Traditions to Celebrate the Holy Week — the Filipino Way

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Known for its rich culture, the Philippines boasts its many different traditions for each occasion and season throughout the year. These customs have been around since ancient times and still passing on from one generation to another.

Lenten is one of the most widely celebrated seasons in the country. Being the bastion of Christianity in Asia, the Philippines is home to various activities performed during the Holy Week.

How do Filipino Catholics and Christians across the country reflect during Holy Week?

Popular Traditions

  • Palm Sunday – The Sunday preceding the Easter signals the start of the Holy Week. Filipino Catholics troop to churches carrying palm fronds (palaspas) to have them blessed by the priest. Its purpose is to welcome the Christ.
  • Pilgrimage – While pilgrimage can be done at any time of the year, most Filipino Catholics do it during Lent. Devotees flock to sacred places across the country to perform religious duty, reflect, affirm their faith, or express the great significance of their religion. Filipinos visit popular pilgrim churches (e.g., Quiapo, Antipolo, and Manaoag, etc.) and holy places to worship, which are often far away.
  • Penitence – Some Filipino Christians and devotees perform ritual acts that show repentance to atone for their sins. These include marching barefoot under the scorching heat of the sun, carrying heavy wooden cross, and re-enactment of the crucifixion of Jesus Christ. Passion play and Lenten rites at San Pedro Cutud are a popular tradition.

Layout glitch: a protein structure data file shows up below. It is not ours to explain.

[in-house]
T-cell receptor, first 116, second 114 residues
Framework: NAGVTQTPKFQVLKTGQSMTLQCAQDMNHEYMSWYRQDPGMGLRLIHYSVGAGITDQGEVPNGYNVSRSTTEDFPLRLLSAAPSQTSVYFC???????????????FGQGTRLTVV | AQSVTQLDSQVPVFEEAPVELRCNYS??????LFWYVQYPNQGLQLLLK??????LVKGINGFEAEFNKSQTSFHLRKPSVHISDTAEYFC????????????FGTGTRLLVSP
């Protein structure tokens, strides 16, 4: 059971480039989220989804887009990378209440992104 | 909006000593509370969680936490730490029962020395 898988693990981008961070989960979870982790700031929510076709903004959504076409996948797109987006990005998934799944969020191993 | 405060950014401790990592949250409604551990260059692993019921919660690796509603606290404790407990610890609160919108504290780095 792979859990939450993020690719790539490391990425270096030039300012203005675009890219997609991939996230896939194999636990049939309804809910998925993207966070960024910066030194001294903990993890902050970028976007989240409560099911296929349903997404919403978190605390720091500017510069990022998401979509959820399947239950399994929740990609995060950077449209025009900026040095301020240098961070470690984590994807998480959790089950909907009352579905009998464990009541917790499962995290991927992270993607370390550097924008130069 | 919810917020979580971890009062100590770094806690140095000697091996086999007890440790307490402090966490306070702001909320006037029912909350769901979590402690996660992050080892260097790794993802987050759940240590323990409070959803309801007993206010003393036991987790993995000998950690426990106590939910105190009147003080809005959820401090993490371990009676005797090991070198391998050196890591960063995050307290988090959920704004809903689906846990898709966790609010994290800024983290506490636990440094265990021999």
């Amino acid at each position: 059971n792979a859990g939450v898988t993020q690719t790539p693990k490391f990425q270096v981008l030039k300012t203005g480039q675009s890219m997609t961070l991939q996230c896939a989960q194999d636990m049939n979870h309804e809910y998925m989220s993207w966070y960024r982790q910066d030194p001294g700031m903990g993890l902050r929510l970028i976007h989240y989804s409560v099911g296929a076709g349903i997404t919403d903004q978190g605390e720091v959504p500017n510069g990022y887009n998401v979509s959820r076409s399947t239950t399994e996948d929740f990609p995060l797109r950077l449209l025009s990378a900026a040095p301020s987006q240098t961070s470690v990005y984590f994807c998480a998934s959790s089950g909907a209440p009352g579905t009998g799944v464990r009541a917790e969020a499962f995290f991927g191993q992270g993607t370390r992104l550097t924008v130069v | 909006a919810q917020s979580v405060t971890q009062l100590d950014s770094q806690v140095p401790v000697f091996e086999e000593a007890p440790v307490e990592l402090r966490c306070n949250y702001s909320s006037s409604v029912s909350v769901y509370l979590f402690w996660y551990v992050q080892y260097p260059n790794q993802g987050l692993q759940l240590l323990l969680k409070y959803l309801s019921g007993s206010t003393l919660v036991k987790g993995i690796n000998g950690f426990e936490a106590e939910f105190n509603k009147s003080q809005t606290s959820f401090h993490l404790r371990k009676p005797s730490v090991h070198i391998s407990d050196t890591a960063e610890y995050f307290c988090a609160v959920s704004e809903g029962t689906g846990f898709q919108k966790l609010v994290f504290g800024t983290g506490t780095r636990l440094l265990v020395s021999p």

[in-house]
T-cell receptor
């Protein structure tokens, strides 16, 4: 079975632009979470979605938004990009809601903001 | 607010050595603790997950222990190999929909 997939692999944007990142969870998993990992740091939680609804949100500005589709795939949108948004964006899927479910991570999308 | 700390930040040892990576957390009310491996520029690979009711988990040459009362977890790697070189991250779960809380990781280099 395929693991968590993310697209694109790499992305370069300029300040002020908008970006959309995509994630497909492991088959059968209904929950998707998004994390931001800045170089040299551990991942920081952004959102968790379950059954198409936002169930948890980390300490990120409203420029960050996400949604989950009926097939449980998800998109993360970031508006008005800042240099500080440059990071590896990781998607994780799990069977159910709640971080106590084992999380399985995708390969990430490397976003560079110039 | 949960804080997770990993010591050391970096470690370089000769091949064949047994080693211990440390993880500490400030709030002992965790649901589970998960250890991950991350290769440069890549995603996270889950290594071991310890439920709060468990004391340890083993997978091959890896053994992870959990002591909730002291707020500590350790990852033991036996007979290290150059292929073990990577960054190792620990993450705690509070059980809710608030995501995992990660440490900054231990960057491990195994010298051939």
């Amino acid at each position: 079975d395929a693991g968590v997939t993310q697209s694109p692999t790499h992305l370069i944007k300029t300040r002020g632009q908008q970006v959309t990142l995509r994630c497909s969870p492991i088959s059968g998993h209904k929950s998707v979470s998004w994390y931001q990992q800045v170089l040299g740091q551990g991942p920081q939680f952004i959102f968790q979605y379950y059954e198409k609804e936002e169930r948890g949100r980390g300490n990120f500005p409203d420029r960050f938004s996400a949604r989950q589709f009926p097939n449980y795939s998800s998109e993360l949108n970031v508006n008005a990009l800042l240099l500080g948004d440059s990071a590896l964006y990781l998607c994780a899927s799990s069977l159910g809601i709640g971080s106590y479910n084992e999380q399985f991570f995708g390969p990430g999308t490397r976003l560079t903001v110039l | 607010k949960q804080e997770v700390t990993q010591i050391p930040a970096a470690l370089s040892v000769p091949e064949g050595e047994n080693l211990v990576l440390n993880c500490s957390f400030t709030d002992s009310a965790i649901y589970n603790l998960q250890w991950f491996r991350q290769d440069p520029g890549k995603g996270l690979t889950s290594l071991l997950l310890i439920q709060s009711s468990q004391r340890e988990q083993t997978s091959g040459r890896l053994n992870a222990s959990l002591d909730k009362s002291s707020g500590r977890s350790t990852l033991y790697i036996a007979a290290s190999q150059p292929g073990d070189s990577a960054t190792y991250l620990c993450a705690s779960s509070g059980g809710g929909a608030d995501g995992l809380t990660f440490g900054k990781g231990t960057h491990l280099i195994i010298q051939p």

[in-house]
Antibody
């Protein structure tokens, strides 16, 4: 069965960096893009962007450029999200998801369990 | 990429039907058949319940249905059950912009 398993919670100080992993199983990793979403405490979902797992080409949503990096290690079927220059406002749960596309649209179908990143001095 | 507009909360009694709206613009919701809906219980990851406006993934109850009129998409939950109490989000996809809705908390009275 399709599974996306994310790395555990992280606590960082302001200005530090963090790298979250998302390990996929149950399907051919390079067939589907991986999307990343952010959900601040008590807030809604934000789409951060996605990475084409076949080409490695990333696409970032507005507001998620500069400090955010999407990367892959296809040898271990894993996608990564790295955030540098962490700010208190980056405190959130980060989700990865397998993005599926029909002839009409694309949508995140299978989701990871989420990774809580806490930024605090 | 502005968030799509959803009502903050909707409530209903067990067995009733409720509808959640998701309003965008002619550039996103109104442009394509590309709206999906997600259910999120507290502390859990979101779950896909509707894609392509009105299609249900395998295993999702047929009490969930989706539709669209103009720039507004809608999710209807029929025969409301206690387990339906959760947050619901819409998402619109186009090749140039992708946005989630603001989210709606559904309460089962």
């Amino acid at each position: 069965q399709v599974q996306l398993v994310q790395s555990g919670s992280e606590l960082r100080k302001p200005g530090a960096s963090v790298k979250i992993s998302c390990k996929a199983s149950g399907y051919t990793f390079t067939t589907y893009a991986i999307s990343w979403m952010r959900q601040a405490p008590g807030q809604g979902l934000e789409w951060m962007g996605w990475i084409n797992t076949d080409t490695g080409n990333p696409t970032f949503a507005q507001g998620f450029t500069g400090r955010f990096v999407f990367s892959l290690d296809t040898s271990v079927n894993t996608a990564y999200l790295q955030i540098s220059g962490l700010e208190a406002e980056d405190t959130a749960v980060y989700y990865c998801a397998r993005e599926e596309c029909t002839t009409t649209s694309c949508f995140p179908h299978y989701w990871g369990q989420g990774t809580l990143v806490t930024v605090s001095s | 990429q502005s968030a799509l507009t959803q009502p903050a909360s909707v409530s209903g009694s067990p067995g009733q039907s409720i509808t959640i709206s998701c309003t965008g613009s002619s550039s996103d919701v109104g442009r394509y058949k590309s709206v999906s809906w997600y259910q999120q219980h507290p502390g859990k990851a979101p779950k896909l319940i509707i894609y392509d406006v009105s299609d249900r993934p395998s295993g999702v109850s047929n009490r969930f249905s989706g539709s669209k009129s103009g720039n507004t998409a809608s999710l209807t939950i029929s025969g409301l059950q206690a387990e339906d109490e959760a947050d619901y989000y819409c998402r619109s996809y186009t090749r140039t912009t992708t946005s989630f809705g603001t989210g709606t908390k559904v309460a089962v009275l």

• Fasting – Also a form of penance, Catholics go on fasting and abstinence during Holy Week season. During this period, they reduce intake of food and at some point refrain from eating meats.
  • Visita Iglesia – This is an old Maundy Thursday practice among Catholic faithful where they visit, pray, and recite fourteen stations in at least seven churches.

There are many other local Holy Week practices. These include pabasa, procession of religious statues, and salubong ceremony, among others.

During this modern age, these customs and traditions remain but are somewhat altered. Let’s just pray that they won’t die away in the future.


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